Thanksgiving is next week, but Christmas is already on the minds of the students at Boys Republic. The school for disadvantaged youth is bursting with activity and greenery for its annual Christmas wreath fundraiser.
"I've never been in something like this, it's really cool," said Shaquille, 17, a Boys Republic student. "When I tell my mom she's probably going to be all happy, so I guess I'll make her proud doing this."
Shaquille came to the group home two and a half months ago after a brush with the law. Now he is helping to produce the estimated 55,000 wreaths that will soon decorate homes, offices and shops from coast to coast.
The fundraiser got its start 88 years ago by founder Margaret Fowler.
"It started as a craft project from her with the boys, expanded into a much larger fundraising effort, which has helped sustain the school and the treatment program," said Boys Republic Executive Director Chris Burns.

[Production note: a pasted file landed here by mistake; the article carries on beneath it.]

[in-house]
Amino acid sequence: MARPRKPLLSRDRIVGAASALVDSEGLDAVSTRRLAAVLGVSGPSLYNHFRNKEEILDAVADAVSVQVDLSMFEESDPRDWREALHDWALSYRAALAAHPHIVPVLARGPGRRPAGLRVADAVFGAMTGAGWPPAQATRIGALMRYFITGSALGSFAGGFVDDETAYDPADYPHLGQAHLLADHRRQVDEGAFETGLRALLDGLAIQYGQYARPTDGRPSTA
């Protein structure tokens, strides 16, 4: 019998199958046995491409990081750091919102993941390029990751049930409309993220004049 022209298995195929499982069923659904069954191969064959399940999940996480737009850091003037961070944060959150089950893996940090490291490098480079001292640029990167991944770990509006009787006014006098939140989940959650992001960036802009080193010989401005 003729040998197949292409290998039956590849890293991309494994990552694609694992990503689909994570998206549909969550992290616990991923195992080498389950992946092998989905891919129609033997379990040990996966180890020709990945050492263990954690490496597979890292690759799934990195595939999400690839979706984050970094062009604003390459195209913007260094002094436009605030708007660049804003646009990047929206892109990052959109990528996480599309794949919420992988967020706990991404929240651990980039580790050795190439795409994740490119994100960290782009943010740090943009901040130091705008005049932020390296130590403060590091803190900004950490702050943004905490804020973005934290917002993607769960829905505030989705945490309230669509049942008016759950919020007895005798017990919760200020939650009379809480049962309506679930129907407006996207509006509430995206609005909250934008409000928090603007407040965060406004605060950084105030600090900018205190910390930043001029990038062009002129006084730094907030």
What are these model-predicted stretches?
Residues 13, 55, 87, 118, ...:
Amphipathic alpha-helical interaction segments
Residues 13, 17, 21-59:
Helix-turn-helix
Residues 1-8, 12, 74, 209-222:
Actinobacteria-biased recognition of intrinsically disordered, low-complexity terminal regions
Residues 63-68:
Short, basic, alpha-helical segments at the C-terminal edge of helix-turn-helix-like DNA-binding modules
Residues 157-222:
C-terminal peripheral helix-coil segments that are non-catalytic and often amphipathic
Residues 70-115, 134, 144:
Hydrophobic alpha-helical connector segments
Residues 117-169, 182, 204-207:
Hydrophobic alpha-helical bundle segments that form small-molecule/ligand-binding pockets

The annual wreath campaign helps the non-profit school to pay for student rehabilitation, education and vocational training.
Erik, 17, arrived five months ago after stealing a car. Now he is getting a second chance and learning a job skill.
"We also get a 'certificate of warehouse,' so it will help us out when we get out of here," said Erik.
For the next three weeks, students will turn out 3,000 wreaths a day, and it will be up to them to keep the assembly line moving and orders filled.
"It's a lot of teamwork, because me and my partner, he is passing out the cedar and I am sweeping it up and making sure he gets more," said Shaquille. "So it's a lot of teamwork to make sure the whole program stays rolling right."
Boxing the wreaths up is the last step in the process, then they're shipped out all across the country. But the first 200 wreaths will go to the boys' families.